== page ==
What is the Bretton Woods Agreement 1
Introductions to the economic and social history of the 19th and 20th centuries
(ml) The Bretton Woods Agreement, signed on July 27, 1944 in the seaside resort of the same name in New Hampshire / USA, aimed for a comprehensive reorganization of the world economy after the Second World War. Its goal was a smooth and free of trade barriers handling of world trade at fixed exchange rates. This was to prevent the repetition of protectionism and devaluation races of the interwar period.
EmergenceWith the agreement of July 27, 1944, the international currency system of Bretton Woods was created with the US dollar as the reserve currency. This worked as follows: A parity of 35 US dollars per ounce of gold was set, which the US central bank ensured through gold purchases and sales. The exchange rates of the other currencies were fixed against the US dollar and the central banks of the participating countries were obliged to stabilize these exchange rates within a range of 1% through their monetary policy (in particular by buying and selling local currencies against the US dollar).
The Bretton Woods system was thus similar to that Gold standard, but differed from it in that only the US dollar was covered by gold reserves, while the other currencies involved were "covered" by the gold reserves of the US central bank at fixed rates against the US dollar.
It was possible to change the fixed rate (= parity) of its currency in the event of constant balance of payments imbalances in a country. For temporary balance of payments imbalances, the International Monetary Fund (IMF) created, which should grant loans for these cases.
The International Bank for Reconstruction (World Bank for short) was created for the purpose of financing developing countries.
The implementation of the International Trade Organization (ITO), which was also planned, failed due to resistance from the US Senate. Signed in 1948 Havana Charter added the Bretton Woods Agreement. The signatories sought multinational trade liberalization. That came out of the corresponding negotiations General Agreement on Tariffs and Trade (GATT).
Problems and breakdown
The Bretton Woods system suffered from three structural problems:
- Due to the fact that all countries except the US, the key currency country, gave up their monetary sovereignty and limited themselves to maintaining parity (i.e. the fixed central rate) with the US dollar, the system was inherently (theoretically) stable. The USA as the key currency country and its economic and monetary policy were thus able to exert significant effects on the entire system and thus on all participating economies. This became apparent when, in the second half of the 1960s, the United States was driven by public budget deficits and an expansionary monetary policy (increase in the amount of money in circulation, which, without a simultaneous increase in the amount of goods in circulation after the Fisher's traffic equation leads to price increases) began to pursue an inflationary policy, among other things to finance the Vietnam War.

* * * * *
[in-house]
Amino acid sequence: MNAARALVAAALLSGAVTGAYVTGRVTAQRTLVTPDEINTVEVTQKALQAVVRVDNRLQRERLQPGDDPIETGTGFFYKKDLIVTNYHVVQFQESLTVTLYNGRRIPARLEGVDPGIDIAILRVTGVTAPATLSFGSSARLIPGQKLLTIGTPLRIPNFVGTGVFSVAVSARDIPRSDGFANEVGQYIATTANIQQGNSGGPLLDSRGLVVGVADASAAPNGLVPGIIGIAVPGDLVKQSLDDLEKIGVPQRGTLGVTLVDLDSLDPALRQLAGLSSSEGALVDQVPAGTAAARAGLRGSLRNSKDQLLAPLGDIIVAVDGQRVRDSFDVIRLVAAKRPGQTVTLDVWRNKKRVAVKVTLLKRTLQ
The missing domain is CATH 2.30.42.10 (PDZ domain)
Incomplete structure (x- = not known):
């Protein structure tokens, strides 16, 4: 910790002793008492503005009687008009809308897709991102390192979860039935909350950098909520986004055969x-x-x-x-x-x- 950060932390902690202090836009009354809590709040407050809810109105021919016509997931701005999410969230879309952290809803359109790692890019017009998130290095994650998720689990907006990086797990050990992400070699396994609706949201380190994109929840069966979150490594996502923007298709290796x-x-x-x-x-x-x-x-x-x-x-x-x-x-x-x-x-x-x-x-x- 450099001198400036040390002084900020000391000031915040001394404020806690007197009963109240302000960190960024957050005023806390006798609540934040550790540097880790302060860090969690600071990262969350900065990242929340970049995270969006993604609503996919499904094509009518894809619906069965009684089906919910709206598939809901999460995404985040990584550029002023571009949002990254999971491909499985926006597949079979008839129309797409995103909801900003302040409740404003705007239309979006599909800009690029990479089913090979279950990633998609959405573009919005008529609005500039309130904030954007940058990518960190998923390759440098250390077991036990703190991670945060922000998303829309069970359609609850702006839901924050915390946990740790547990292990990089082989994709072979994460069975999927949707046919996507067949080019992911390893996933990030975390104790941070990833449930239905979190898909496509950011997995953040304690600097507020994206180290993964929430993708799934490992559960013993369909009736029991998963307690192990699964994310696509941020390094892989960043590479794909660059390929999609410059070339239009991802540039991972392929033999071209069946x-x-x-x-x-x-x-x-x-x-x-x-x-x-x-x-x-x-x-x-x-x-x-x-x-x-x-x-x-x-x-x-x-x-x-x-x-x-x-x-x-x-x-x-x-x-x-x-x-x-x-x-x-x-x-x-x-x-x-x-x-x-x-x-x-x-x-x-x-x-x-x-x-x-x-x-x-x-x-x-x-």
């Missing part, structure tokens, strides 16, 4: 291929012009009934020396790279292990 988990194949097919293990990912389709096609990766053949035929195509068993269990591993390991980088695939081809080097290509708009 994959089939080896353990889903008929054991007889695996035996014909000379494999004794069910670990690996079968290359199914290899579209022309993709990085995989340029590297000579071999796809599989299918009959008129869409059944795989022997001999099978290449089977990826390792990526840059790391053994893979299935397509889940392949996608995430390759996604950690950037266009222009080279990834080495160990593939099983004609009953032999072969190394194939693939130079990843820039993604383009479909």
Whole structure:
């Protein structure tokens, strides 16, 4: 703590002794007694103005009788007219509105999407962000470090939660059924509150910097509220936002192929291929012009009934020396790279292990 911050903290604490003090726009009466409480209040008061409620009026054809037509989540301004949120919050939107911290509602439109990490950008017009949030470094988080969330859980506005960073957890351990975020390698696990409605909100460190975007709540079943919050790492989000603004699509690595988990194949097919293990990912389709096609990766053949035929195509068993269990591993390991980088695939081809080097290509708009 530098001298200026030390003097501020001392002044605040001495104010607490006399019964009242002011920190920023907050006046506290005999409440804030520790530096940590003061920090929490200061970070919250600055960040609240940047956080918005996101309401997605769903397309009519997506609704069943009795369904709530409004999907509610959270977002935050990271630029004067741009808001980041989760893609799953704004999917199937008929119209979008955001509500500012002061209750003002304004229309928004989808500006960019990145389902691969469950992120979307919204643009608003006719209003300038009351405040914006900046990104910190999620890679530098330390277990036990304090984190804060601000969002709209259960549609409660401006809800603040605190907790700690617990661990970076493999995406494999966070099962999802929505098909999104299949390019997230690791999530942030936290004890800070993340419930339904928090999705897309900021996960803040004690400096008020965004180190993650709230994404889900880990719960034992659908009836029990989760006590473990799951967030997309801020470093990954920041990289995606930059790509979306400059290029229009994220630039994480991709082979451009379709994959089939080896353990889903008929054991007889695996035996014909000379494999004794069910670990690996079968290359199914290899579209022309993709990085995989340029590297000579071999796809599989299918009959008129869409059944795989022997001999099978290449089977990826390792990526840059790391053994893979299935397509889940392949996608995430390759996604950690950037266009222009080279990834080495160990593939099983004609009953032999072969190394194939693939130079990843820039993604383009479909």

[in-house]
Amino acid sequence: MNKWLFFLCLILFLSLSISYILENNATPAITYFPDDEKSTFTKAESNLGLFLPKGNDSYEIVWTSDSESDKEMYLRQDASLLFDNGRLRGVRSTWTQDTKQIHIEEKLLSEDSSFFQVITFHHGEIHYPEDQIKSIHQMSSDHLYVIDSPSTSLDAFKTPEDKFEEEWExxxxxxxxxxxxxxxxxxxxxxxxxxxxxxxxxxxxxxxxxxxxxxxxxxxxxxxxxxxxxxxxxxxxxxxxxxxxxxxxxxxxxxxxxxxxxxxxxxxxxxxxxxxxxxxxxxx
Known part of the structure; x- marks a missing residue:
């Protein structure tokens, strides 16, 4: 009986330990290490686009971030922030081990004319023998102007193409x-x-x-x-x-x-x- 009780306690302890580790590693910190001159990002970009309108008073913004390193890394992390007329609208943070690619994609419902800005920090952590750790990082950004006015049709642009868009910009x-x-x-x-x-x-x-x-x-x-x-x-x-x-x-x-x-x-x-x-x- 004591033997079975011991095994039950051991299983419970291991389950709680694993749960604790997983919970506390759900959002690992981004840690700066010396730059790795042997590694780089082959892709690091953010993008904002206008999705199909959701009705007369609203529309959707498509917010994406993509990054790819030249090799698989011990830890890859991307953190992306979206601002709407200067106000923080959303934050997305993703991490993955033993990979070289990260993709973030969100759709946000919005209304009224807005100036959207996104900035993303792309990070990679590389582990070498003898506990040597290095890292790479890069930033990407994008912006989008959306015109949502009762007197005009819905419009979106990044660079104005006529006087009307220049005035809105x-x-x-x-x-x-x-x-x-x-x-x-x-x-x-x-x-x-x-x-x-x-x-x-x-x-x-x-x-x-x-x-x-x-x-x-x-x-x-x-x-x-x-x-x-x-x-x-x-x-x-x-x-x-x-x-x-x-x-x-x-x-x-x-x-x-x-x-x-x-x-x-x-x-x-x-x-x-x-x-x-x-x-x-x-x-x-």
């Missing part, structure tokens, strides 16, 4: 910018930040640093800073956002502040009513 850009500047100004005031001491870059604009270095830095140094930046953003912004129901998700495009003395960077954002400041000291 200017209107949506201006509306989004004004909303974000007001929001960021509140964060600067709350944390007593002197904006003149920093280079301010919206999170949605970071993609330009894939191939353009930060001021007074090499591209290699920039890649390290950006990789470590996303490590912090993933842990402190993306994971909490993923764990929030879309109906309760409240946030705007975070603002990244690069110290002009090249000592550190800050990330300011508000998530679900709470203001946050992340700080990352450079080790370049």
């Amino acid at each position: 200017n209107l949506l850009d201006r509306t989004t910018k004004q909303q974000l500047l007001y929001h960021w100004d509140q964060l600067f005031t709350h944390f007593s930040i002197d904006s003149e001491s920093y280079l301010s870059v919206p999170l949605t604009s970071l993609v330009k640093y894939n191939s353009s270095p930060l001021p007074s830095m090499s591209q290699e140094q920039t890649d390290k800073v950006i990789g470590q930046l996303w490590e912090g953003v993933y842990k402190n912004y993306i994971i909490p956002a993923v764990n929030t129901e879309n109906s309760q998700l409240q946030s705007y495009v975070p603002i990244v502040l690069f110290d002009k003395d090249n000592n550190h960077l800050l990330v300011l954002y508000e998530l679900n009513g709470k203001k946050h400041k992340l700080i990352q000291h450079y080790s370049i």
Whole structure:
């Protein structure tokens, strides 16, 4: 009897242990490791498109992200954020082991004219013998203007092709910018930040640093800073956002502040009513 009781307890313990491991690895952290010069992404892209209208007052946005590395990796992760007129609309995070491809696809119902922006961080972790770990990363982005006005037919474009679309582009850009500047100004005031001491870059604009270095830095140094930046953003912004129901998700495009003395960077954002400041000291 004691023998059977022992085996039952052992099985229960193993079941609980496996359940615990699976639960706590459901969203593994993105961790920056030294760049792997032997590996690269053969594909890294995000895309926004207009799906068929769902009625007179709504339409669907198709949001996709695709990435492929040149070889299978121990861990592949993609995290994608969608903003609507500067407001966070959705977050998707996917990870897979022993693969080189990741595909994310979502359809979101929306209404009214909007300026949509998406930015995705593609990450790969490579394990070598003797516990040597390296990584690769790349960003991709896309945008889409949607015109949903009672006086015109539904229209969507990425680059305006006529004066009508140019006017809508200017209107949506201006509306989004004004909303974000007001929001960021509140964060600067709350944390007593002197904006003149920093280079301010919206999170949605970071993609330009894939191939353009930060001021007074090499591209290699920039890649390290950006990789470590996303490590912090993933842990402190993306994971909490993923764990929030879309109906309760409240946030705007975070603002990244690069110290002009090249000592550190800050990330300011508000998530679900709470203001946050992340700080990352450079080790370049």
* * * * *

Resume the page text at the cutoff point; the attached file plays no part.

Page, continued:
This led to a loss of confidence in the gold convertibility of the US dollar. In fact, the United States was only willing or able to maintain the gold convertibility of the US dollar to a limited extent. The other member countries of the Bretton Woods system (in particular the current account surplus countries Germany and Japan) were for their part unwilling to accept the US inflation policy that could be transferred to their own economies via the fixed exchange rates (and to expand their money supply accordingly).
- At the same time, however, the internal (inflation and budget deficits) and external (balance of payments deficit) imbalances in the USA were a prerequisite for the functioning of the monetary system. This structural problem, known as the "Triffin Paradox", arose because incomes and the degree of external economic integration have risen sharply worldwide since 1950, and with it the demand of central banks for reserves to secure parities against fluctuations. However, since gold production only increased slowly in the 1960s, the US dollar was indispensable as a reserve currency. The US balance of payments deficit made it possible to build up these reserves (but at the same time led to a loss of confidence in the stability of the dollar-gold parity, see above). In this context, the Special Drawing Rights introduced, a reserve currency managed by the IMF, which could be exchanged for all currencies of the member countries. However, their importance as a reserve medium remained low (only 2-3% of world currency reserves around 1970).
- There was also no regulated mechanism for adjusting the central rates of individual currencies that had persistent balance of payments imbalances. Rather, this was settled on a case-by-case basis, which led to international currency speculation and undermined the credibility of the system.
Please also note that Script and the Materials from Prof. Dr. U. Pfister on the Bretton Woods monetary system (PDF documents).
|© 2004 by Ulrich Pfister / Georg Fertig • mail: [email protected]|
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